Real Gone’s End of Year Round Up, 2017

As always, it’s been an interesting year for music, but unlike a few previous years, there have been no clear winners or stand-outs. There has been a lot of great music, of course…and this year, we’ve found it very hard to pick favourites.

Our top ten albums, as always, has been restricted to things that actually got reviewed at Real Gone and very much represent our broad musical scope. Hopefully, a couple of our choices will align with yours, but more importantly, we hope our top picks will open your ears to something new.

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Real Gone’s best albums of 2016

2016 has been an interesting year. We’ve heard hundreds of albums and we’ve heard lots of good ones, but in comparison to the previous couple of years there has been a paucity of great ones. Nevertheless, there’s always gold to be mined and here are Real Gone’s top ten albums of the year.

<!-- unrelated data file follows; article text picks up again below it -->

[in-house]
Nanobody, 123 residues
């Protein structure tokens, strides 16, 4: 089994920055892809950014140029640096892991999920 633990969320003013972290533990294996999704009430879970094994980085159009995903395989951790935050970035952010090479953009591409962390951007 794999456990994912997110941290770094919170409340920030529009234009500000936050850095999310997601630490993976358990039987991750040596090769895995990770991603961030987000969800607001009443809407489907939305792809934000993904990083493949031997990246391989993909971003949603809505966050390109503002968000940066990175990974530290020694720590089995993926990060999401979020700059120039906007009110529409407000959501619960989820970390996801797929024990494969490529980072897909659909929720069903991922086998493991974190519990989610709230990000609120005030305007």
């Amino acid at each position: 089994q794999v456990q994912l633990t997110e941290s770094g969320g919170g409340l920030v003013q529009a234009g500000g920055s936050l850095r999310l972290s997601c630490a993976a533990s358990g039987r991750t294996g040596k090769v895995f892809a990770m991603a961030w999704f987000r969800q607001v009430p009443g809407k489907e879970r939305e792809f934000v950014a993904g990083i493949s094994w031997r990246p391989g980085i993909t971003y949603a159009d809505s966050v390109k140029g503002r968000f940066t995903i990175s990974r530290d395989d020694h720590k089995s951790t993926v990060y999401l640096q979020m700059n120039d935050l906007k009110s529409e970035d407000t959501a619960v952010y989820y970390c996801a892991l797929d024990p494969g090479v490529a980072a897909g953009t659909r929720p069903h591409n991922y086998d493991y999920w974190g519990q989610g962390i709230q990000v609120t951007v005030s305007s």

[As always, in the interest of fairness, the choices are limited to those actually reviewed on the website]

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Real Gone’s end of year round up, 2014

Given the position Real Gone finds itself in at the end of our fifth year online, it might seemed clichéd to say it, but ever year seems to get better and better.  It’s been another brilliant year for discovering new music – particularly releases from underground and DIY bands, but also for discs from a couple of old favourites.  Culled from hundreds of albums to grace our stereo this year, presented below is a quick look at ten of our favourite releases, as well as a round-up of the more notable of the rest.

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Real Gone’s End Of Year Round Up, 2013

At the end 2013, things have settled even farther into their niche. When Real Gone was born, the intent was to write reviews of albums that ended up unloved in cut-out bins – the ultimate guide to creating a brilliant record collection on a budget.  Pretty soon, a few DIY bands got interested and PR guys got interested and the focus began to change.  It would have been churlish to turn these new opportunities away…and by including reviews of independent and smaller bands, RG slowly expanded its readership.

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